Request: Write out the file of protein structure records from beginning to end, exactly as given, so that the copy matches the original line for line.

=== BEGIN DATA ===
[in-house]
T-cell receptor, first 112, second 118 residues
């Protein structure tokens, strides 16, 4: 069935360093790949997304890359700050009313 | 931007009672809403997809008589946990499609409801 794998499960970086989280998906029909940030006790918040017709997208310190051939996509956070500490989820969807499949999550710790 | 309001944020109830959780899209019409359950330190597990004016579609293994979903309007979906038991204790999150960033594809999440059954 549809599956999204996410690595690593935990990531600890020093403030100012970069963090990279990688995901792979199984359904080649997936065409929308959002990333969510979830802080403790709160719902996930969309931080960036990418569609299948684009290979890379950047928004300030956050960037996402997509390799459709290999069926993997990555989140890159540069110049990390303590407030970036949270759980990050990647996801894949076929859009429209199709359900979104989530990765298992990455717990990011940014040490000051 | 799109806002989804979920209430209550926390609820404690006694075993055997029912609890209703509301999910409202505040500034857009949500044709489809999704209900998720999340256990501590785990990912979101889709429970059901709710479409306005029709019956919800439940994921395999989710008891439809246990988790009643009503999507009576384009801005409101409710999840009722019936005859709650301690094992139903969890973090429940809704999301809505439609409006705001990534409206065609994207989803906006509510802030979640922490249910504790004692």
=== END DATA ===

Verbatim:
[in-house]
T-cell receptor, first 112, second 118 residues
């Protein structure tokens, strides 16, 4: 069935360093790949997304890359700050009313 | 931007009672809403997809008589946990499609409801 794998499960970086989280998906029909940030006790918040017709997208310190051939996509956070500490989820969807499949999550710790 | 309001944020109830959780899209019409359950330190597990004016579609293994979903309007979906038991204790999150960033594809999440059954 549809599956999204996410690595690593935990990531600890020093403030100012970069963090990279990688995901792979199984359904080649997936065409929308959002990333969510979830802080403790709160719902996930969309931080960036990418569609299948684009290979890379950047928004300030956050960037996402997509390799459709290999069926993997990555989140890159540069110049990390303590407030970036949270759980990050990647996801894949076929859009429209199709359900979104989530990765298992990455717990990011940014040490000051 | 799109806002989804979920209430209550926390609820404690006694075993055997029912609890209703509301999910409202505040500034857009949500044709489809999704209900998720999340256990501590785990990912979101889709429970059901709710479409306005029709019956919800439940994921395999989710008891439809246990988790009643009503999507009576384009801005409101409710999840009722019936005859709650301690094992139903969890973090429940809704999301809505439609409006705001990534409206065609994207989803906006509510802030979640922490249910504790004692």